The challenge took me to new places and new landscapes. From the rugged peaks of Snowdonia that I knew well, to the rolling hills of Pumlumon and Brecon Beacons. I started to understand the geography of Wales better than I ever learnt in school, I saw it as patchwork. From Cadair Idris on a Monday to Rhiniog Fawr on the Thursday – I could see how the country merges together. Fields, rivers, forests, ancient and new roads, all coming together to create one Wales. Looking back now, the days I spent in the mountains between October and December last year gave me the mind space to develop and think through the project that I was working on at the time- Bad Oil. A documentary project that took me into the last remaining parts of the Sumatran rainforest in Indonesia 6 months later. The body and soul of that project was thought through on the mountains of Wales!! www.badoil.co.uk
Did you need any specialist gear for this challenge?
One of the best things about falling in love with hiking is that once you’ve invested in a good pair of shoes, warm clothes and rain gear all you need is a map and a compass and you’re good to go. There were a few days that I needed my crampons and axe, but most of the days I only needed the basics. If you’re getting into hiking now, I recommend investing in good quality gear, they last for years and you can depend on them!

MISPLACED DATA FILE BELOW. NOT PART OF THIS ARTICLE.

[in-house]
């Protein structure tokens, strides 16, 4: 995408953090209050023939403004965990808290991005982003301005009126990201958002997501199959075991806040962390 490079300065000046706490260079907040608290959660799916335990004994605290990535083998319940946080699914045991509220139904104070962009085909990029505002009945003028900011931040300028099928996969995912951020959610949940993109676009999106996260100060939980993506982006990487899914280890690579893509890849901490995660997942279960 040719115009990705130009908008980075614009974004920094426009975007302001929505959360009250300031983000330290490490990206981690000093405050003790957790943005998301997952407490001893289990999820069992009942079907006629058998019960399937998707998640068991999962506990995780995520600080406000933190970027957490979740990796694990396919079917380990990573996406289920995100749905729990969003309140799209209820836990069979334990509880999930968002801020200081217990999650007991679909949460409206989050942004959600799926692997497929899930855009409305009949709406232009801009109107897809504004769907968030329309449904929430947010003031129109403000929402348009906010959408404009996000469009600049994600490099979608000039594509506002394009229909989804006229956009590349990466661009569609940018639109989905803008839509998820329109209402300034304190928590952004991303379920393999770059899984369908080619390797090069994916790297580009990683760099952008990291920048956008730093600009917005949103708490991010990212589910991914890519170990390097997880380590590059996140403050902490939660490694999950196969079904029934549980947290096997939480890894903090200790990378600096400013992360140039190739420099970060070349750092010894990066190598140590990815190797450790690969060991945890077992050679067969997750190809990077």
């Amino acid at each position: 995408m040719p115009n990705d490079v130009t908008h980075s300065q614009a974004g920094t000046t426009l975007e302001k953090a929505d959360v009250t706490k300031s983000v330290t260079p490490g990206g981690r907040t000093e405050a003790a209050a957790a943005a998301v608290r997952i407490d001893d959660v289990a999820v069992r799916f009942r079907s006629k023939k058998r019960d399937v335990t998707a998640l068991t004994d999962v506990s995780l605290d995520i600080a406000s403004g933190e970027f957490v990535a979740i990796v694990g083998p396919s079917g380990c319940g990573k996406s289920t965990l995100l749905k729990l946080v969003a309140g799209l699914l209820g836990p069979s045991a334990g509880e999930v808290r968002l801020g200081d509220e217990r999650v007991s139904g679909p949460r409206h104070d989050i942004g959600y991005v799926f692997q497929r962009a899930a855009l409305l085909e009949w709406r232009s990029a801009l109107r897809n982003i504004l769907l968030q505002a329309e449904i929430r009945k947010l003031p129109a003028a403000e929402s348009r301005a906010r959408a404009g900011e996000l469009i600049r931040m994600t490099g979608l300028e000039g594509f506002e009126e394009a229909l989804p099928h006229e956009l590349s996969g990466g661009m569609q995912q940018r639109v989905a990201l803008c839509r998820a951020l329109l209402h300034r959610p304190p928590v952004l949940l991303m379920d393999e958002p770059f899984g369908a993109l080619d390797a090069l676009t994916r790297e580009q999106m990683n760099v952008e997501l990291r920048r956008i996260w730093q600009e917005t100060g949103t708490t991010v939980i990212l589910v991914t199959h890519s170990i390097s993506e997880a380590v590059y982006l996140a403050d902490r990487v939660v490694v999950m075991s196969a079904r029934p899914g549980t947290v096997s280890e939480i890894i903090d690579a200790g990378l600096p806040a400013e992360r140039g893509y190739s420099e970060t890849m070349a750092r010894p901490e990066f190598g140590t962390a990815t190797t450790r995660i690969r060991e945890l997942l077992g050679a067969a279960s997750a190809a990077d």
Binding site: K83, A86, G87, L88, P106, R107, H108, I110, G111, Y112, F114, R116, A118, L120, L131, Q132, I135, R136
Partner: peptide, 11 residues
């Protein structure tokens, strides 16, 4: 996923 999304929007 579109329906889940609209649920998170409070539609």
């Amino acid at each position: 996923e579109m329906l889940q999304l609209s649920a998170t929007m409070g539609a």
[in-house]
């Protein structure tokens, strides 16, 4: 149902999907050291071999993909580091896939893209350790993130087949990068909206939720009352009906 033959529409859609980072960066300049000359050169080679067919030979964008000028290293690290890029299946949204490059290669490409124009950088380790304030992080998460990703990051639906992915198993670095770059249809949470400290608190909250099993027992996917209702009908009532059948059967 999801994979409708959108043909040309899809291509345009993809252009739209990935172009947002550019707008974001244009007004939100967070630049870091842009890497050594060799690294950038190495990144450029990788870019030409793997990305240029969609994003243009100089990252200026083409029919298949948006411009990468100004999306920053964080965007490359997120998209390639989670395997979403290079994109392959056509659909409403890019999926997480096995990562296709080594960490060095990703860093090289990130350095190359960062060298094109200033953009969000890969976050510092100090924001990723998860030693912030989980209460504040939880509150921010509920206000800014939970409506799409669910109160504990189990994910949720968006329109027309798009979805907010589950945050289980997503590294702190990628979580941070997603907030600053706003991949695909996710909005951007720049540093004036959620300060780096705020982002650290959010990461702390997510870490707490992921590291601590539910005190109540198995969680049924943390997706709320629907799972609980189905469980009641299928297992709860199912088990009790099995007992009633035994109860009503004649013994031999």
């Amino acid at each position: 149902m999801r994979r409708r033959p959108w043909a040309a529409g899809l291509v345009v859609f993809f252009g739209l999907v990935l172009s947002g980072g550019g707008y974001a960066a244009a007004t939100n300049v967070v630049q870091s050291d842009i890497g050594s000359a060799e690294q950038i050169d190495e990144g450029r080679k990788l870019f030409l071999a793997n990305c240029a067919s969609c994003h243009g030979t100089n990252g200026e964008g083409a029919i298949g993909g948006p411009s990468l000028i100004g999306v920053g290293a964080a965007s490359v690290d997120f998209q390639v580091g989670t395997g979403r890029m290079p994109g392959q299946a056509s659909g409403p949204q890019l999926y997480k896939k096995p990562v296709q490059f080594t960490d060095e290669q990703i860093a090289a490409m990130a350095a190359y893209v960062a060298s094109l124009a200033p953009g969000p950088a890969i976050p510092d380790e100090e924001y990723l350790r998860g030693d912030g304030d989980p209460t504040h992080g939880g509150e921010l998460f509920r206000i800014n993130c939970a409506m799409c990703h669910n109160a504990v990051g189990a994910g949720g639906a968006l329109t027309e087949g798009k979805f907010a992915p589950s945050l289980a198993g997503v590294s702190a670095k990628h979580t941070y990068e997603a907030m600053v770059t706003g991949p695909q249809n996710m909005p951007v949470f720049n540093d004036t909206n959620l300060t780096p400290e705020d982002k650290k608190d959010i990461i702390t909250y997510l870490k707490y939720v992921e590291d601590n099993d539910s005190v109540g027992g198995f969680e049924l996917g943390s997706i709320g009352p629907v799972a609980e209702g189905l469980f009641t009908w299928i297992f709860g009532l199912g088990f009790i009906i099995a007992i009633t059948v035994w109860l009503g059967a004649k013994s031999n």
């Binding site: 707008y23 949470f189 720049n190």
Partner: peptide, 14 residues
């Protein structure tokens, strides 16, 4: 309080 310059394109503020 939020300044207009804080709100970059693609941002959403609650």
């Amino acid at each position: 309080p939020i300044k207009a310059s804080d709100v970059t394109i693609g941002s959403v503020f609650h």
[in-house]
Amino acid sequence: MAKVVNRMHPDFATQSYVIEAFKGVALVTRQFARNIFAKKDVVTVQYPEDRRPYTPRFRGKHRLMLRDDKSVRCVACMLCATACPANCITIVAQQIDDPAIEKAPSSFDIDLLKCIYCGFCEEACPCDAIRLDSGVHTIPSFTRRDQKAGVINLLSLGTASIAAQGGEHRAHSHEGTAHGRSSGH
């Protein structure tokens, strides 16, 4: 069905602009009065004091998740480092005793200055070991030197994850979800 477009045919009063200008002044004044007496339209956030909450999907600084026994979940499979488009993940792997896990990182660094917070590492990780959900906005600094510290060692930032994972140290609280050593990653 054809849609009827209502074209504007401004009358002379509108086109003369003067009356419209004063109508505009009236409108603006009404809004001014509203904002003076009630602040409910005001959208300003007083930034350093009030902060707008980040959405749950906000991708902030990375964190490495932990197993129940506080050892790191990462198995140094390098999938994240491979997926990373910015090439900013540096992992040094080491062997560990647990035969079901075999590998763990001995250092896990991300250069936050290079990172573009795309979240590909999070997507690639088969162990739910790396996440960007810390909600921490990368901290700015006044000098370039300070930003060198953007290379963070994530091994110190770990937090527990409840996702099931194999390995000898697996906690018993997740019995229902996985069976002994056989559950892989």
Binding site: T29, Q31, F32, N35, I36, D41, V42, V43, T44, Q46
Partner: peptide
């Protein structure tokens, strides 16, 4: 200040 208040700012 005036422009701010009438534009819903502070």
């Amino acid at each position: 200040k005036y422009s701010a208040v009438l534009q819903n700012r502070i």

Words of inspiration to others?
Seize the day!! There has never been a day out in the mountains that I’ve regretted. Learn to read a map, take the harder routes and go to new places. Be outside and be grateful for every opportunity you get to.
Useful resources for information?
The book that inspired my challenge wan 100 Cymru by Dafydd Andrews, (Y Lolfa). There is another great Welsh book, published last year called Copaon Cymru, 48 hikes in Wales, illustrated and filled with amazing photography and snippets of history alongside maps and routes. For weather, I always use Met Office Mountain Forecast and another good website for ground conditions is www.mwis.org.uk
What’s next for you?
Another thing that I love about living in Eryri is all the water. I swim all year round, in the sea and lakes, but this year I’ve decided to explore more of our lakes rather than opting for Llyn Padarn all the time. It’s already proven exhilarating, I swam in Llyn y Biswail, which is located under the summit of Cnicht during the first week of January… quite memorable! On a warmer note, me and my friend have our eyes on Mount Olympus, the highest mountain in Greece before the end of the year.
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Never underestimate the power of your mind over physical ability.